I don't need one of course, but looking at it, it's pricey, American, light weight, has neodymium magnets and an extra option, a JIS 2 bit. Plenty of things going for it.

And a little rubber sleeve to keep everything safe and protected.

Avatar
hawkinspeter replied to ktache | 1 month ago
1 like
ktache wrote:

I'd seen the Essential8 before and been impressed by the design, shame it falls down a bit with real world use.

I don't need one of course, but looking at it, it's pricey, American, light weight, has neodymium magnets and an extra option, a JIS 2 bit. Plenty of things going for it.

And a little rubber sleeve to keep everything safe and protected.

Dagnammit! I couldn't stop myself buying this bundle a while ago (along with the rubber guard) and it's a fine addition to my collection of multitools, but I didn't realise they've got a JIS optional bit for it.

And now I've seen that they've got a new tool, the IncredbileX

Avatar
ktache replied to hawkinspeter | 1 month ago
0 likes

Have you had to use it when out?
What is it like "out there"?

Avatar
hawkinspeter replied to ktache | 1 month ago
1 like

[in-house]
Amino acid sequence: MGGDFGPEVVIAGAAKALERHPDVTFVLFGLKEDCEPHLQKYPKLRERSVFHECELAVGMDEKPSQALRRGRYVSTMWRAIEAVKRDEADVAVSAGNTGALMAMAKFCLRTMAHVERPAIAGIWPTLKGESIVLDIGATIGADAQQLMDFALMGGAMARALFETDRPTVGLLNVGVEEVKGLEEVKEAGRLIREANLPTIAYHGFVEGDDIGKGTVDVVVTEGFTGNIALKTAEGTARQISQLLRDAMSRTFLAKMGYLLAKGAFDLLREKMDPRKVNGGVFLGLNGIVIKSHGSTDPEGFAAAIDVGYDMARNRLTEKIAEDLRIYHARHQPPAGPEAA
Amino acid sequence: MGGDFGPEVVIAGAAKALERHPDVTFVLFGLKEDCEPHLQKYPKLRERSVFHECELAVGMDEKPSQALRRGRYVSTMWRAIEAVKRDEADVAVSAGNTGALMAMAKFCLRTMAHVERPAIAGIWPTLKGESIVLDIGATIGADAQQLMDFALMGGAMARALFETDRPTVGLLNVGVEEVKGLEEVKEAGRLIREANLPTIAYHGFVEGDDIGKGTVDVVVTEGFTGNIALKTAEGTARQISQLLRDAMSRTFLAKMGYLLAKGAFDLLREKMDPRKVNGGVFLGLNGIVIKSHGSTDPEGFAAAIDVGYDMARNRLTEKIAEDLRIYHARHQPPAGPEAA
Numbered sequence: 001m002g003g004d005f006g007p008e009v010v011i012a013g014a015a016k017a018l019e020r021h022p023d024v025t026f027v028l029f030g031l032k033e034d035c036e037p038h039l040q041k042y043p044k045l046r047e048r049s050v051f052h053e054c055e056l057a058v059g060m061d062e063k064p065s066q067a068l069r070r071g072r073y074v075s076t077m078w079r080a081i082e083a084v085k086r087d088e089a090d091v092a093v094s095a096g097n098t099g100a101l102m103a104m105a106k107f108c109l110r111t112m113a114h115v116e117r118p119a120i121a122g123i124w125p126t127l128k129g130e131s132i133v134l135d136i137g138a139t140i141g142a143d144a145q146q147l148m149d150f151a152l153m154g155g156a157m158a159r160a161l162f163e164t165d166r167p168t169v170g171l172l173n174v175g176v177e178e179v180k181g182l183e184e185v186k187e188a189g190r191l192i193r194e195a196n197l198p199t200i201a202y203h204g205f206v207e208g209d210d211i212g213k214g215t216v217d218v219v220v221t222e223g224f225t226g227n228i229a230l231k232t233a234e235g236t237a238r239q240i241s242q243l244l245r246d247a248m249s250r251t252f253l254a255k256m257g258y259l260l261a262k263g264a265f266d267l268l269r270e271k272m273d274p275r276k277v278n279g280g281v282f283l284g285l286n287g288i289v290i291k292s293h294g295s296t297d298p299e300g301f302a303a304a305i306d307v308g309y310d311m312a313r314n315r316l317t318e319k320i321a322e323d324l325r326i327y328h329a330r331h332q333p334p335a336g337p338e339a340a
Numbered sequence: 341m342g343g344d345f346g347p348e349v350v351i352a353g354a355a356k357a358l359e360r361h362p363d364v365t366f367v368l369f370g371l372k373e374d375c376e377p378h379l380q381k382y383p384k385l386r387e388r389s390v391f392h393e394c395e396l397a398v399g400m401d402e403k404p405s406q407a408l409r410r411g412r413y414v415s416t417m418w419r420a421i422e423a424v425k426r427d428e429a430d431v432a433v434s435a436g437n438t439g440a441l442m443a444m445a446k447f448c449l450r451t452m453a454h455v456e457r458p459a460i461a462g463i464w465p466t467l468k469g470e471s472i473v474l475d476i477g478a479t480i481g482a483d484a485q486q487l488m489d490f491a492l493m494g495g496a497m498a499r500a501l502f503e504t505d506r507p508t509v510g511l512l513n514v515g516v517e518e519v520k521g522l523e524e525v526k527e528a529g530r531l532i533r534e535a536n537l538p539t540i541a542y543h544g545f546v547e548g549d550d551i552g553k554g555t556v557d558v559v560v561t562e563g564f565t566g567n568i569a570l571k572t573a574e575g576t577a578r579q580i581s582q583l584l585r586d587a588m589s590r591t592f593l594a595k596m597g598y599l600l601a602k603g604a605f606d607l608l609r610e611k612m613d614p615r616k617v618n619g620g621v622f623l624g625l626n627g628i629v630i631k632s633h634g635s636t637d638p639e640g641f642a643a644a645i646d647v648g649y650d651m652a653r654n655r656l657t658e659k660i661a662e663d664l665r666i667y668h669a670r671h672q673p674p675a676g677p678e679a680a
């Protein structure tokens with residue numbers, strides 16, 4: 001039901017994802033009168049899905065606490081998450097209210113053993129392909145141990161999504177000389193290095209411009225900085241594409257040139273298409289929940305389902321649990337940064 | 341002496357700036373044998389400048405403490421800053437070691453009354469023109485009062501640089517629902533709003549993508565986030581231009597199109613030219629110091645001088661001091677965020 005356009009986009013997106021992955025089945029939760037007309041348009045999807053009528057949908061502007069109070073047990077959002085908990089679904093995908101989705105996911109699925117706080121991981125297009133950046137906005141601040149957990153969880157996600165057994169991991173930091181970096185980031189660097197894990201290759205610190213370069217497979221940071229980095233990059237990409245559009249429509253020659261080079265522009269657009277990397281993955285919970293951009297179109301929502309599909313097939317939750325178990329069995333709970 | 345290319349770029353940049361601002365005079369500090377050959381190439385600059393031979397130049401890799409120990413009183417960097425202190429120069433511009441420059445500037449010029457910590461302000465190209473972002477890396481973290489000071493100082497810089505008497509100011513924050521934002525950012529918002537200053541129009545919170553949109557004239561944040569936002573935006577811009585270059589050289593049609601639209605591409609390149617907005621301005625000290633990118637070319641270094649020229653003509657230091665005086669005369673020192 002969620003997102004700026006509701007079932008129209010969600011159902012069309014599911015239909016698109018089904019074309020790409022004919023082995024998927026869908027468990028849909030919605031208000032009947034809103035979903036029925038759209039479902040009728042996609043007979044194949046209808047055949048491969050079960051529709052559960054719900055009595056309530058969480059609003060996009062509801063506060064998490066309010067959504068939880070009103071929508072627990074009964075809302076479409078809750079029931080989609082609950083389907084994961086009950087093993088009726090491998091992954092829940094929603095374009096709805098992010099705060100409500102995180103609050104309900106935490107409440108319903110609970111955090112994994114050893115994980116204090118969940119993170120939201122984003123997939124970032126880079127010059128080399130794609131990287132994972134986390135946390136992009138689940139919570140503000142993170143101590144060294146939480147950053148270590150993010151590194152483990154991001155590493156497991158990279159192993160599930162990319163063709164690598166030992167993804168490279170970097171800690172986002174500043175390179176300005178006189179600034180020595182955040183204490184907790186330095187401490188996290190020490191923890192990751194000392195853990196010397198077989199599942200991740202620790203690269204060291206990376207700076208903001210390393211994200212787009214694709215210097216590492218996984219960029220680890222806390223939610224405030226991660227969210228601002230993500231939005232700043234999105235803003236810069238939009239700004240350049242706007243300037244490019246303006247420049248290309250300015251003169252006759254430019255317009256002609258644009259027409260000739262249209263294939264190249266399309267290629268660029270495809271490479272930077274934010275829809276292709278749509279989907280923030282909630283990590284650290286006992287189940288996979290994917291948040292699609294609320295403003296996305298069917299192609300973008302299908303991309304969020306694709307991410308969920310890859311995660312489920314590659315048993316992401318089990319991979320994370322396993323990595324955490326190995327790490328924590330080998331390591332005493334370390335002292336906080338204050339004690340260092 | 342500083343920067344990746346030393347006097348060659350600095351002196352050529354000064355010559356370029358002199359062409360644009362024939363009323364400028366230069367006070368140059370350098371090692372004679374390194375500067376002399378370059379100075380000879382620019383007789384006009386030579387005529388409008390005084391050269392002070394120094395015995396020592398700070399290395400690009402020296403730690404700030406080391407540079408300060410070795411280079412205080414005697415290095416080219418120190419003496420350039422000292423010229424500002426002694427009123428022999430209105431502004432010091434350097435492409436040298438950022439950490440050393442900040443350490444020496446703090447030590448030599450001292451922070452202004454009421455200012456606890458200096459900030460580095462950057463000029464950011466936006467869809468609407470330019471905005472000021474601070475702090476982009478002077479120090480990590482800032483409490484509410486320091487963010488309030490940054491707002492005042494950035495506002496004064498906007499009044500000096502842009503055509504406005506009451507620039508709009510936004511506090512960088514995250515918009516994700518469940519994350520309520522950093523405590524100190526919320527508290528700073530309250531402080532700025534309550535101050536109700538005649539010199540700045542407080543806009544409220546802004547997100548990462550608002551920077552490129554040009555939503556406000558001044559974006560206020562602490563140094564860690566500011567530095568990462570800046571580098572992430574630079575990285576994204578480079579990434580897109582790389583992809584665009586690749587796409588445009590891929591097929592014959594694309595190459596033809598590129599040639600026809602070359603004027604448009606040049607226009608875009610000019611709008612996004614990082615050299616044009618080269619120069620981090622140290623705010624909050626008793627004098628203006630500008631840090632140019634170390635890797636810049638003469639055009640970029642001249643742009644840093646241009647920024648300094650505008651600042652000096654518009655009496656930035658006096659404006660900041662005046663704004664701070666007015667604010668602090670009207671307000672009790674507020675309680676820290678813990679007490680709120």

ktache wrote:

Have you had to use it when out? What is it like "out there"?

It hasn't even been near my bike yet.

I've got the Wolf Tooth 8-bit pack pliers in my saddle bag as I like the smaller bit size (4mm vs 6mm)

https://road.cc/content/review/wolf-tooth-8-bit-pliers-282967

https://www.wolftoothcomponents.com/products/8-bitpack-pliers

Avatar
Creakingcrank replied to ktache | 1 month ago
1 like

Like Hawkinspeter, I am a bit of a tool squirrel. I bought one of these. It is really neat and well made, but I've found it rather confusing to use. Getting the right bit in place is something of a puzzle, and the bits are tiny, so you really don't want to drop them. I haven't had it long though, so maybe everything will become more intuitive in time.